Why Eating Ugly Produce Is Good For You...And The Planet

ugly_fruit.jpgHow much produce have you thrown out in the last week? Any carrot tops? Spoiled cucumbers? Soft and sprouted potatoes?

Or maybe you’re one of the proud composters out there. Either way (as we’ve reported before), food waste has huge economic, environmental and human-health impacts here in the U.S. and around the globe. It’s an issue that will continue to take center stage for years

It also provides some great opportunities for innovators in the non-profit and business sectors to cash in—in a good and responsible way.

Last week on ABC’s Shark Tank, entrepreneur Evan Lutz received a $100,000 investment from Robert Herjavec for a Hungry Harvest business model that sells produce “seconds” (those items that do not meet grocery store visual standards) at a reduced rate through a subscription-based service. Hungry Harvest hopes to help hunger causes AND prevent food waste. For a full recap of the Shark Tank transaction, check out Shana Lebowitz’s Business Insider article.  Maria Godoy of NPR explains:

[Hungry Harvest] relies on rescuing apples, pears, potatoes and other crops that might otherwise have ended up as food waste and selling them to its subscribers in Maryland, Washington D.C., and Virginia at a 20- to 30-percent discount. For every bag of produce it delivers, the company also donates a meal to the hungry.

Big deal? Or drop in the bucket? When we consider the rate of hunger in the U.S. (1 in 6 Americans is food insecure) and the stats on food waste (roughly 40 percent of all foods goes into the landfill), Hungry Harvest won’t make a huge difference, but it’s a sound and innovative model that could be replicated. 

Most efforts in food waste reduction to date have been through the nonprofit sector such as food-banks or food-pantries receiving “seconds.” Jordan Figueiredo of Civil Eats wrote a fabulous piece recently on these efforts. Figueiredo remarks that there are over 20 official programs that are taking seconds from farms and bringing them to food banks. Programs like Rotary First Harvest in Washington,  Second Harvest Food Bank of Middle Tennessee, and the  Michigan Agricultural Surplus System are all programs that, along with the others, save over 300 million pounds of produce a year.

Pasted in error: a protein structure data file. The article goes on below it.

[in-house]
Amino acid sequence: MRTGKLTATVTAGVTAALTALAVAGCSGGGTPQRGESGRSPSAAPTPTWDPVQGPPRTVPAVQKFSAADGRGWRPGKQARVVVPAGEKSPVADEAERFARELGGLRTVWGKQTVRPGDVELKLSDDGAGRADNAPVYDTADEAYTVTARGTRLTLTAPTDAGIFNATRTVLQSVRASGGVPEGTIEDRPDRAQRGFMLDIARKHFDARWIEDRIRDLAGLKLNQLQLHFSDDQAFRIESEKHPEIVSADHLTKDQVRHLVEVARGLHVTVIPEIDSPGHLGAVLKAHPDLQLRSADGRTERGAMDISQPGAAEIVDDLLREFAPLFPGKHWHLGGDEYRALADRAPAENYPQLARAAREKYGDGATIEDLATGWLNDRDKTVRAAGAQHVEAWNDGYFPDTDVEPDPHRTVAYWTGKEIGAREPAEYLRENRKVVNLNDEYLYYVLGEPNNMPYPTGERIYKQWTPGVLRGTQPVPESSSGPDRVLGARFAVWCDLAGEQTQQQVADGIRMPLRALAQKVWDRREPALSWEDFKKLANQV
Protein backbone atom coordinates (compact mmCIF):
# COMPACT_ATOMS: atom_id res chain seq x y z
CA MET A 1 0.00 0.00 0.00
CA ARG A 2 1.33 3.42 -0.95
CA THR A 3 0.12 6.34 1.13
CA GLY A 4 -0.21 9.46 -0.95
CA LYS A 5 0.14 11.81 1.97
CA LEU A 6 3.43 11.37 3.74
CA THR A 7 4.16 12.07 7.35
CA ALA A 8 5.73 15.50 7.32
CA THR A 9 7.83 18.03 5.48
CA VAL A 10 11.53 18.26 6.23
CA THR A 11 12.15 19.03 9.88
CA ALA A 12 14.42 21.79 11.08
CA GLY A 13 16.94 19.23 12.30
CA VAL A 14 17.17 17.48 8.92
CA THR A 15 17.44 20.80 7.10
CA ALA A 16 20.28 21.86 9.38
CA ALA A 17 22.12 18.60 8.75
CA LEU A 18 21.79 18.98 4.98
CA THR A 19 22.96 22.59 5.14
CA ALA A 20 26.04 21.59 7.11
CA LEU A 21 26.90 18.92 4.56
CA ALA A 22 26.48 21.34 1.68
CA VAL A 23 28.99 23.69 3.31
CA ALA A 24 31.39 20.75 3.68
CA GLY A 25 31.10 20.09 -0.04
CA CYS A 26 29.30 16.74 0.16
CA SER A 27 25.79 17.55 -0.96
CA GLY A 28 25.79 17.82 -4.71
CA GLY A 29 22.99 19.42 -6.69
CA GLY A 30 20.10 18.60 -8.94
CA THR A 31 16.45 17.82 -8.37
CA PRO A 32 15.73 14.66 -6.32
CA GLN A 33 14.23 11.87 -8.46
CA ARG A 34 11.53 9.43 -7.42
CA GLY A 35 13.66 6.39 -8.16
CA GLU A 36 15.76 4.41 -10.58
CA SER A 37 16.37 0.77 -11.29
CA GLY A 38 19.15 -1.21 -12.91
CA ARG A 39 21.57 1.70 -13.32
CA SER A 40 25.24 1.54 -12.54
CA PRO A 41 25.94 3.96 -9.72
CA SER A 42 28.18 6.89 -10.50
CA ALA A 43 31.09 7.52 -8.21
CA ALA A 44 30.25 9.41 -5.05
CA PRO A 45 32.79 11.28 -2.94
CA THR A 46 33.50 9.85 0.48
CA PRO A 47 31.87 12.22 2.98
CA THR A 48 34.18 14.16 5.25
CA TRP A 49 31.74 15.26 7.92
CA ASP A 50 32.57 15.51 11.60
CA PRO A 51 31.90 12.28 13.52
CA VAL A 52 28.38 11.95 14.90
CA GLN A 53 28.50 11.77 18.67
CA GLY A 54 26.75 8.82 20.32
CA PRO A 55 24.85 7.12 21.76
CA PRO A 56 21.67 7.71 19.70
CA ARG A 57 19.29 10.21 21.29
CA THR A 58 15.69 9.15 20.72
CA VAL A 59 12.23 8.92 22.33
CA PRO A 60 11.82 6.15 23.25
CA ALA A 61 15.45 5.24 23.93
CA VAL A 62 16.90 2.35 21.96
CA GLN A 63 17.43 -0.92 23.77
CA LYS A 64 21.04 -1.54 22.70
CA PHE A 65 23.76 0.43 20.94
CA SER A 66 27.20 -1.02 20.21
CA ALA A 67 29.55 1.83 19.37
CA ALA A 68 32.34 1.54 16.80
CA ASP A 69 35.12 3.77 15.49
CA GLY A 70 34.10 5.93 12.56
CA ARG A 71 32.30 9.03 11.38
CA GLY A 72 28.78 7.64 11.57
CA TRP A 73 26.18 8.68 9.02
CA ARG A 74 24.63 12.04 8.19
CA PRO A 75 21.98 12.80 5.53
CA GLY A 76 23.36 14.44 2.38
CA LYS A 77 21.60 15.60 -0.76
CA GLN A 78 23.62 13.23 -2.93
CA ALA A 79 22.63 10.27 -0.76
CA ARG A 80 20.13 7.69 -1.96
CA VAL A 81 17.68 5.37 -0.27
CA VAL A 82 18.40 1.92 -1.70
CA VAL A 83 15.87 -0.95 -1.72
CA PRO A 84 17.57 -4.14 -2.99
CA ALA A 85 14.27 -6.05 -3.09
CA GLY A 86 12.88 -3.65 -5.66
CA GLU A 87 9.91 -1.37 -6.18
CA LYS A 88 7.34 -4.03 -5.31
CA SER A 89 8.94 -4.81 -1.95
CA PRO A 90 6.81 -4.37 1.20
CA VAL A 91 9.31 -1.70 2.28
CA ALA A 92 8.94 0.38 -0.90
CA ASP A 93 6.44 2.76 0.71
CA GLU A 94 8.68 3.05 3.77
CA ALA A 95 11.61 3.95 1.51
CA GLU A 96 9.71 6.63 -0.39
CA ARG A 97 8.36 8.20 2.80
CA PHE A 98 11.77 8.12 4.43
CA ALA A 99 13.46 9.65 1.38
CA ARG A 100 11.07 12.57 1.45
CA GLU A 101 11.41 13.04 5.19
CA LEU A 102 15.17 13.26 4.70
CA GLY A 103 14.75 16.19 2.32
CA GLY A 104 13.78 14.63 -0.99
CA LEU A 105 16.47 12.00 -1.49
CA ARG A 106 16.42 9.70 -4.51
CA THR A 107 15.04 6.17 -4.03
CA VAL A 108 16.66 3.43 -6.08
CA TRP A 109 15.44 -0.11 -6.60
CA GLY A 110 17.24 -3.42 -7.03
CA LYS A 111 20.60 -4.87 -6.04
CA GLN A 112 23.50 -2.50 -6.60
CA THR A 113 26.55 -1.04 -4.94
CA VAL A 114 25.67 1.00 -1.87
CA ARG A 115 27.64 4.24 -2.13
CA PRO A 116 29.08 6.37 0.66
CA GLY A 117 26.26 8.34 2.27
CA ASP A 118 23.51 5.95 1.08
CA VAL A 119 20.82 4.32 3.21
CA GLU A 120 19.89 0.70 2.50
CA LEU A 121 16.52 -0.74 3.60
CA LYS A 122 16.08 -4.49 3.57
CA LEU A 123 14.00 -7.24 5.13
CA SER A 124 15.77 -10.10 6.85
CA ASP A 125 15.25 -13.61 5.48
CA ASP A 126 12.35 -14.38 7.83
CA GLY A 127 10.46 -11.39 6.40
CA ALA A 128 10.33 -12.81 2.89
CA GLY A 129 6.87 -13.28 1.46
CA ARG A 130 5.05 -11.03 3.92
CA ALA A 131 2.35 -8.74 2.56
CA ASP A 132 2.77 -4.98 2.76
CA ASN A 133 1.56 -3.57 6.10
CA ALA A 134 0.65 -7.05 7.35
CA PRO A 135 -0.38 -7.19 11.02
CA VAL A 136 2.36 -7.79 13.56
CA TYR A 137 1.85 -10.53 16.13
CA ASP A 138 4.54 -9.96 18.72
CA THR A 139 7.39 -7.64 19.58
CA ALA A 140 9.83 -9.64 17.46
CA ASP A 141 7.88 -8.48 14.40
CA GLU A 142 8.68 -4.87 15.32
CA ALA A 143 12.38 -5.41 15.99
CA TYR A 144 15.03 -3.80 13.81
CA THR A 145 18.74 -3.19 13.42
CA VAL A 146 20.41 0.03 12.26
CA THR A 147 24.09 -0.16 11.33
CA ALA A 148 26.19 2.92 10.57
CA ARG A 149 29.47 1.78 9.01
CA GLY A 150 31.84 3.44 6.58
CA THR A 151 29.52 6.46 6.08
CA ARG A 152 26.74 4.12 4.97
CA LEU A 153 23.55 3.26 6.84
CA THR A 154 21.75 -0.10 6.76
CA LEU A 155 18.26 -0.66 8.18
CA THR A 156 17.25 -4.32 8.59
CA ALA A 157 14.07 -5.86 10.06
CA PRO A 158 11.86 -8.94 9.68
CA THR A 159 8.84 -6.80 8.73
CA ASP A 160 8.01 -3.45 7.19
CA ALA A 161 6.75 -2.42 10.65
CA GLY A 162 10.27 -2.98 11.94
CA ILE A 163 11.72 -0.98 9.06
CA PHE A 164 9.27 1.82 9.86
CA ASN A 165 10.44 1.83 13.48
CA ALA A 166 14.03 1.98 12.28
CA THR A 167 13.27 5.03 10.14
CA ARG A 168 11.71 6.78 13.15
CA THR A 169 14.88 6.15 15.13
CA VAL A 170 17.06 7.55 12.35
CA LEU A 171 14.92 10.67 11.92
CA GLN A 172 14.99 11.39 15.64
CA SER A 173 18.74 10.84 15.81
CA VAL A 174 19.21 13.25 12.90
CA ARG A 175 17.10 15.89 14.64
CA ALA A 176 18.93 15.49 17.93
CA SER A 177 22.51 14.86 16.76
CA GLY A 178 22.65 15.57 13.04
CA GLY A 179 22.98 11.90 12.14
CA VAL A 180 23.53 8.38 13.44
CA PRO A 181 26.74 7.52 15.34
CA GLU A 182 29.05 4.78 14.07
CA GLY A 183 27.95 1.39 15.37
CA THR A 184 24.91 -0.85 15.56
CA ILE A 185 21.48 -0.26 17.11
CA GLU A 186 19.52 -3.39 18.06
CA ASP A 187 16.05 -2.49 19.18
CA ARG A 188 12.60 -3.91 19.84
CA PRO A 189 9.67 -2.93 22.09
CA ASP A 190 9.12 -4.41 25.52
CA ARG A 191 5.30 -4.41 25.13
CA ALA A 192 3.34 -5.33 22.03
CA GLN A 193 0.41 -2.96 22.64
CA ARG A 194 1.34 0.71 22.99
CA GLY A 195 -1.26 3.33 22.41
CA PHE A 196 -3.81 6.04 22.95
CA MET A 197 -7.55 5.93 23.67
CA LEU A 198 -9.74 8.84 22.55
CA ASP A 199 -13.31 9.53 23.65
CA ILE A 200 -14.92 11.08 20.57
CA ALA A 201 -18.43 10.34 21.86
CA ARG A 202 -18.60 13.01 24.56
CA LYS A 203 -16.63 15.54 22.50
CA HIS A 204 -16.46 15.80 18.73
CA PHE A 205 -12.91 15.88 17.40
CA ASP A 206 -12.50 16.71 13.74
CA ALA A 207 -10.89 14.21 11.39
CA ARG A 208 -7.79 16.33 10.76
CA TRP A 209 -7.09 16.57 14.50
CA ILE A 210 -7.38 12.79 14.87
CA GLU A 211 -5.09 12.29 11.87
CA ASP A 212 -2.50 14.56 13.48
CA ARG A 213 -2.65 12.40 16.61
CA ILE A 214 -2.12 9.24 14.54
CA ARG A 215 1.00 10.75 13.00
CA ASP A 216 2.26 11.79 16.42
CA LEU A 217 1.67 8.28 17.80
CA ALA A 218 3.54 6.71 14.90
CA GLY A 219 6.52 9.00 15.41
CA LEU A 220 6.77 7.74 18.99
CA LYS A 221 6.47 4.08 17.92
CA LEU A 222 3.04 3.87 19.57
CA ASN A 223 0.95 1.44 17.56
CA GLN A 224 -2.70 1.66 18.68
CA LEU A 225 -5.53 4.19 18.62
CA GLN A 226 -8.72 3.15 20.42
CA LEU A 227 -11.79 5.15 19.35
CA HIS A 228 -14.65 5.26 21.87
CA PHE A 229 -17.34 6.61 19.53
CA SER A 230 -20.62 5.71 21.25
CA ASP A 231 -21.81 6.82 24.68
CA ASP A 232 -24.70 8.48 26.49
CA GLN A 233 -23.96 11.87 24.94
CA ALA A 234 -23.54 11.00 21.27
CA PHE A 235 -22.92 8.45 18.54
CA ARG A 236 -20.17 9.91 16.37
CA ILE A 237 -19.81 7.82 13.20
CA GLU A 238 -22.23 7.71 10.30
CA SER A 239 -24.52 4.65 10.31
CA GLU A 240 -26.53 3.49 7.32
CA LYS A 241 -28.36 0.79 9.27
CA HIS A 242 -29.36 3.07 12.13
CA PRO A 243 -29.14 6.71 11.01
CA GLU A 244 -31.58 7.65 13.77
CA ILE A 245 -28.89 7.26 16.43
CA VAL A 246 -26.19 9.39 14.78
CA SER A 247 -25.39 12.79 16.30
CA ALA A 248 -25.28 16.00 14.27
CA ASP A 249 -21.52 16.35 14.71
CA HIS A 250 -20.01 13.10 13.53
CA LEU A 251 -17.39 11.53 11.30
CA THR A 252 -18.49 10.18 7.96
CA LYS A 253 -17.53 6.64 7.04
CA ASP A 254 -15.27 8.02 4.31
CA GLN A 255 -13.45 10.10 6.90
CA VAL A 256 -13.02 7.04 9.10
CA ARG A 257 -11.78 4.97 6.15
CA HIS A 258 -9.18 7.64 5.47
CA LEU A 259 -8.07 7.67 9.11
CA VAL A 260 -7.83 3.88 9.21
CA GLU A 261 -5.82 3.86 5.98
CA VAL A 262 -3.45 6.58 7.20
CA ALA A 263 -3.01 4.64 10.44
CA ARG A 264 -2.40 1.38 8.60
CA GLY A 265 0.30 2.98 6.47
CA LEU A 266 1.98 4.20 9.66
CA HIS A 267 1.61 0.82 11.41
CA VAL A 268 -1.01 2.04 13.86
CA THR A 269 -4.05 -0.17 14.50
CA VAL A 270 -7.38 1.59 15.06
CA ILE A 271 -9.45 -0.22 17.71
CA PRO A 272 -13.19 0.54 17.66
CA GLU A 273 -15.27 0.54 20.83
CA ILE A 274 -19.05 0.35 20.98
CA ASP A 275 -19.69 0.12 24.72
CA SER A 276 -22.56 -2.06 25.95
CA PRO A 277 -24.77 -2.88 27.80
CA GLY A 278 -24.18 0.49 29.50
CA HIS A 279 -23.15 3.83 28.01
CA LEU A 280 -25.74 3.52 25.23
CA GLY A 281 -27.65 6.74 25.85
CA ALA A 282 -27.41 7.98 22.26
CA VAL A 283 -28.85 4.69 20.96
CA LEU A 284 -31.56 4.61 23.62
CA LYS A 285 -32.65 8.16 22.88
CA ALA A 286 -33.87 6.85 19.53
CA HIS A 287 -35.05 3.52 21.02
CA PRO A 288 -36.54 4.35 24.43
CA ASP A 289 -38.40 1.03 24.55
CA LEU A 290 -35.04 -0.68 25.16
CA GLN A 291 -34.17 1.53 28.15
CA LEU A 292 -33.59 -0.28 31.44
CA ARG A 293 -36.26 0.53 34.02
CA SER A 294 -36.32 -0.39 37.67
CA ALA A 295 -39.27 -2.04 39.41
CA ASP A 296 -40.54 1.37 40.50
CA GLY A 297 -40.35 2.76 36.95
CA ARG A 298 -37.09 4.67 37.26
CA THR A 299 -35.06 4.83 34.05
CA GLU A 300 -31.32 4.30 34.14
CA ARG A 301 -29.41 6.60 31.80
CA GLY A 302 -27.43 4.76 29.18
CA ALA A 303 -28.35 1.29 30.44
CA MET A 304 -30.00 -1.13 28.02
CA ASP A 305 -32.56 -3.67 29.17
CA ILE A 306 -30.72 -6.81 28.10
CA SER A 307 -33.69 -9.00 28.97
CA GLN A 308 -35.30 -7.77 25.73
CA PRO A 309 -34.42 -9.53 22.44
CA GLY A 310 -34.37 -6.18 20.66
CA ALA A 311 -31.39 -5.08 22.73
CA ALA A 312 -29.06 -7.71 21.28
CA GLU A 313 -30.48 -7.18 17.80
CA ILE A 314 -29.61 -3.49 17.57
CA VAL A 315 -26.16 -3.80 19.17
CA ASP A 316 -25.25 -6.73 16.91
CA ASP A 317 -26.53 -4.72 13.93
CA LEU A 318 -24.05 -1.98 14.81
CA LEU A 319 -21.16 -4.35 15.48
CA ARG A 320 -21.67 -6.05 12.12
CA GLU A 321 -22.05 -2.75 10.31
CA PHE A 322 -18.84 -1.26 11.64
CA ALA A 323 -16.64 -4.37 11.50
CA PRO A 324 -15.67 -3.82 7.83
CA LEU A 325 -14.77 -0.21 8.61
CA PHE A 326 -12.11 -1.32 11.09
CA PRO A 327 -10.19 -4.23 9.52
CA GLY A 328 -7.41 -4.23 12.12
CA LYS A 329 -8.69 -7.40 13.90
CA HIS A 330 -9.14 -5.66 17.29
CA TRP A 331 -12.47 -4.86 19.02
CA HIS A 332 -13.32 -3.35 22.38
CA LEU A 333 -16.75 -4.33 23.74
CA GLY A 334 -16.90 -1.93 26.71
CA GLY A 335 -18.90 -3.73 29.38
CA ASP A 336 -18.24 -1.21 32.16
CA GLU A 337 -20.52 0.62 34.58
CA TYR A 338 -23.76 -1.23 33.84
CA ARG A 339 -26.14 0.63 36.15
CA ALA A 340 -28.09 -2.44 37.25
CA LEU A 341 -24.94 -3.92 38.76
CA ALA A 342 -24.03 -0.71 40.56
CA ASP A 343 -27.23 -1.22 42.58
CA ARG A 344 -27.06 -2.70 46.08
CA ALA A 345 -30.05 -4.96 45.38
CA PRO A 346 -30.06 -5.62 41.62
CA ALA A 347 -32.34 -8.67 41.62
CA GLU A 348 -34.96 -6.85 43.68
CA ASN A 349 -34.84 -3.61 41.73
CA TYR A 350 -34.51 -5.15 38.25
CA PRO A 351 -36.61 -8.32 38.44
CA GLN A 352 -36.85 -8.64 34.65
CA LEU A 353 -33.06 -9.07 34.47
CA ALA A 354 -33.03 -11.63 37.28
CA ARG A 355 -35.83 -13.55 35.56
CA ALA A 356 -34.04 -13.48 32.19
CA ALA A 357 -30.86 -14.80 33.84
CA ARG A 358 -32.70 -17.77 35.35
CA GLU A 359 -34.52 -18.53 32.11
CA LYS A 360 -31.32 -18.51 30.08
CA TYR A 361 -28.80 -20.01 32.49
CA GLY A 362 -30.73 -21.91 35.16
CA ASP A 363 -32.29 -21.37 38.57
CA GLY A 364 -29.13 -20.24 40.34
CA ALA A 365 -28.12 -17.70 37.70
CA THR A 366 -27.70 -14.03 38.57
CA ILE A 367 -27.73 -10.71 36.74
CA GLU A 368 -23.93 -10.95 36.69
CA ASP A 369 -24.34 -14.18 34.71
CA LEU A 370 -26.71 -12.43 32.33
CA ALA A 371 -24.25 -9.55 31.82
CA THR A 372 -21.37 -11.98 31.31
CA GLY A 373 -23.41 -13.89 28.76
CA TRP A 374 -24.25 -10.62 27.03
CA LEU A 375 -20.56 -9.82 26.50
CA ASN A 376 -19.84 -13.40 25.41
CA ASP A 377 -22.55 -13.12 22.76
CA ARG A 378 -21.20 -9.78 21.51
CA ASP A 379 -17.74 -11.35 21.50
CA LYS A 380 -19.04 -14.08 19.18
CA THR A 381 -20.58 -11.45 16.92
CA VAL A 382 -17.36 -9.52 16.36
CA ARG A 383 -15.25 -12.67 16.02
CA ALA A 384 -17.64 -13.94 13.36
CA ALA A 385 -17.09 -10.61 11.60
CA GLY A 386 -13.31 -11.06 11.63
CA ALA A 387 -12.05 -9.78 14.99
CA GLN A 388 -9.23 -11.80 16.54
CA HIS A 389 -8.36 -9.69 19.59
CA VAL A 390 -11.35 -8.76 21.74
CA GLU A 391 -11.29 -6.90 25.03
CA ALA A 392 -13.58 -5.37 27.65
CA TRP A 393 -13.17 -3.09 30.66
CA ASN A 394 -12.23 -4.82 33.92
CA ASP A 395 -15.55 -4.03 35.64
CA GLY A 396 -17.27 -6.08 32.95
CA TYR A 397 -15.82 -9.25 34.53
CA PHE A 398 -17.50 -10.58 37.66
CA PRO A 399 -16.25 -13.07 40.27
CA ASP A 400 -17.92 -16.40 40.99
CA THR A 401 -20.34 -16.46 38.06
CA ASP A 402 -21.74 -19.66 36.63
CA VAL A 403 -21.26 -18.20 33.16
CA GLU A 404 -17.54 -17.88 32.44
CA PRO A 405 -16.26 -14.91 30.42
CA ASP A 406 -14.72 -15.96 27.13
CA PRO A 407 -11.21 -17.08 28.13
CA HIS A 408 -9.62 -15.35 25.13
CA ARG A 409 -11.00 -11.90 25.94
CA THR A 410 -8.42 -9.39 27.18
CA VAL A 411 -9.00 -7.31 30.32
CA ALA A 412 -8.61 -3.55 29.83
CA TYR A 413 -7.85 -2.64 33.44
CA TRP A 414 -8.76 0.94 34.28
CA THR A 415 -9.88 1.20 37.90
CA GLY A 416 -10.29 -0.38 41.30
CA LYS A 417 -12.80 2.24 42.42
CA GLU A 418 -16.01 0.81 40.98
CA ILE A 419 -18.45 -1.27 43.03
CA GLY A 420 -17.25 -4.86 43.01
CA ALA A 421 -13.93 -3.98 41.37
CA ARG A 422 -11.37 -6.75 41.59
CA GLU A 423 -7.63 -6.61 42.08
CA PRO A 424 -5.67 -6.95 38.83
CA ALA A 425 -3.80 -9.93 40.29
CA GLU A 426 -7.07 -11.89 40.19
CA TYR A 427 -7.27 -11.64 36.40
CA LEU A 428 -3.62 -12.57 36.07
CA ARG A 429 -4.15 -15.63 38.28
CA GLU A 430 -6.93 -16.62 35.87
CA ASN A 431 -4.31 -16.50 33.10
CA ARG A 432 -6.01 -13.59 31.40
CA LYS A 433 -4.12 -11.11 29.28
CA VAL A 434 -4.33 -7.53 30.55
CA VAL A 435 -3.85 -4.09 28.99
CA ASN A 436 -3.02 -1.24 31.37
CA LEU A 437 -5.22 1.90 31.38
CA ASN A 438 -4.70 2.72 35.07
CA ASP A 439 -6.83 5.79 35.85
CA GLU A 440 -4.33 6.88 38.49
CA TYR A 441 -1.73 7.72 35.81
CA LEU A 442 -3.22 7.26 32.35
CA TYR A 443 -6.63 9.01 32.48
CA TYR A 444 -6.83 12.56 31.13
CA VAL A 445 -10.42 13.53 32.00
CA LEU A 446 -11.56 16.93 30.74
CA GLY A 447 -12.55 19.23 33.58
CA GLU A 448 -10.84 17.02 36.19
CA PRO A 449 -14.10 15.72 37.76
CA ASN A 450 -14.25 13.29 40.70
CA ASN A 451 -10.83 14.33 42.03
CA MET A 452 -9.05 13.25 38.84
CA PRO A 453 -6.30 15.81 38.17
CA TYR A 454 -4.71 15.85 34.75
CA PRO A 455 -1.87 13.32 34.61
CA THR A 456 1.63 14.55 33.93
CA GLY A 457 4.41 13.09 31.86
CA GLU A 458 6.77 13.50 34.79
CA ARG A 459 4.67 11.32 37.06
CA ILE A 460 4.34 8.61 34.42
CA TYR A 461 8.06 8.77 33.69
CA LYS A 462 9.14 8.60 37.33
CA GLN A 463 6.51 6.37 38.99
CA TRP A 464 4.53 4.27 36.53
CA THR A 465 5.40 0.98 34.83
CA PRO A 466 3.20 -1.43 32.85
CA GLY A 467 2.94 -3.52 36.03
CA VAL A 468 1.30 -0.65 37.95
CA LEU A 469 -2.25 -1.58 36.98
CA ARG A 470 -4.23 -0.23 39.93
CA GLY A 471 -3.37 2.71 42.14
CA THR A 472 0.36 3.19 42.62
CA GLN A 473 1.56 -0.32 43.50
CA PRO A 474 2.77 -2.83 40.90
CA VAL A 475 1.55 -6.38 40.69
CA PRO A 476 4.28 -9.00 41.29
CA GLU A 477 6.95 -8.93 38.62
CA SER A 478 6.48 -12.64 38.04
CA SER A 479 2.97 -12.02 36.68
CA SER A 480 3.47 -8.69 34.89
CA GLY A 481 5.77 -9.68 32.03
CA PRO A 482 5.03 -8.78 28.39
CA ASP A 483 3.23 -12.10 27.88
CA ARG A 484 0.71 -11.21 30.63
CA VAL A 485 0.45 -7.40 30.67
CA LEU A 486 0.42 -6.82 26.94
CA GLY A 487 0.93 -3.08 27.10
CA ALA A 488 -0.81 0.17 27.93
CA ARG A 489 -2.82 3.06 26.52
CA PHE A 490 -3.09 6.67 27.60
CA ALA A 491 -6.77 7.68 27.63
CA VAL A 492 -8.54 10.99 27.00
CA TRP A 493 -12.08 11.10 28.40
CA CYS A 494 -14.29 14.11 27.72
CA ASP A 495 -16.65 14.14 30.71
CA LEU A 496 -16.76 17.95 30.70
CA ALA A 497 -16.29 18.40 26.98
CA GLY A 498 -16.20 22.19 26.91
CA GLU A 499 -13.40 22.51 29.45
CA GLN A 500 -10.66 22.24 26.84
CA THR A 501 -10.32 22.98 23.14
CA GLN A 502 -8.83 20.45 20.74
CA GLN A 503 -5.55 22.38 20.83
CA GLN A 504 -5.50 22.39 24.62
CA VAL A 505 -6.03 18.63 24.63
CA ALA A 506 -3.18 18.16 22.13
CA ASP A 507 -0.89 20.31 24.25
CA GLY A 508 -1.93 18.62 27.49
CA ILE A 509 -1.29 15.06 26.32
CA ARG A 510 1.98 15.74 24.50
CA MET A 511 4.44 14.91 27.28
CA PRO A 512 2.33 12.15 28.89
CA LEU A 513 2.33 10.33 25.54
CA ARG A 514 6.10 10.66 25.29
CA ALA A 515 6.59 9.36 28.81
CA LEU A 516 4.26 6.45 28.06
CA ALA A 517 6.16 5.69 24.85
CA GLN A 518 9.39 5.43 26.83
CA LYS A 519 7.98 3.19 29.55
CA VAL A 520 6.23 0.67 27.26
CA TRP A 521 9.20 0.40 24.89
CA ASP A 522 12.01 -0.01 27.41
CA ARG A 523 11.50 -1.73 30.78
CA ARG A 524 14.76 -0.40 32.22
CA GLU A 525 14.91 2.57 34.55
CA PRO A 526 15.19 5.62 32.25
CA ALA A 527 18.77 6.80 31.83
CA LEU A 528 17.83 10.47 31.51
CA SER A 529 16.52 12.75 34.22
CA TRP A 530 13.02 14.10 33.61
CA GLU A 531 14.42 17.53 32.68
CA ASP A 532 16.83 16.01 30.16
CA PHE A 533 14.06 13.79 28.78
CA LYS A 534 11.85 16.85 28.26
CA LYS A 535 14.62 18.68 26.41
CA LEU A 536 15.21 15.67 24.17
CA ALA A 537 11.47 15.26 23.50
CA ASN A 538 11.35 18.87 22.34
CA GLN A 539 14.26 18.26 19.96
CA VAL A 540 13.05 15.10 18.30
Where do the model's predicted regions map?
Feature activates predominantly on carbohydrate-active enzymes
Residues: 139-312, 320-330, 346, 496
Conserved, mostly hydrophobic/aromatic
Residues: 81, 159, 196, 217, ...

And yet this is still hardly a dent in terms of national impact:

Most of the programs we spoke with said that they are not even recovering half of what is available in their areas. For example, the Texas Food Bank Network completed a study to see what is grown in Texas and what is rejected (and wasted) at the Mexico border. They found that a whopping 340 million pounds get left behind and wasted, says Sarah Sykes, who runs the Feeding Texans Program for the network.

Figueirido explains that one of the problems with the non-profit model is paying for labor to pick and pack the produce. A farmer whose margins are tight, despite having the best of intentions, might go bankrupt if they must pay salvage costs. There are certainly government programs that can be used for picking and packing costs and these are vital to making the nonprofit model work. Yet, there is a finite amount of money that governments are currently willing to allocate to this cause. 

That conundrum is exactly why Evan Hutz’s business venture on Shark Tank was such a big deal. Realistically, solving the food waste, hunger and environmental problems of our food system will rely on both nonprofit and for-profit ventures. Hungry Harvest is a great example of how we can sustainably work to end food waste.

There are also solutions at the Federal level, which we will need as well. If you are interested in seeing more done about food waste in the U.S. click here to read more from us  about House Rep. Chellie Pingree’s new food waste bill entitled the Food Recovery Act.

PHOTO: Ugly friut at Chelsea Market via Flickr


Read all stories by Damon Cory-Watson

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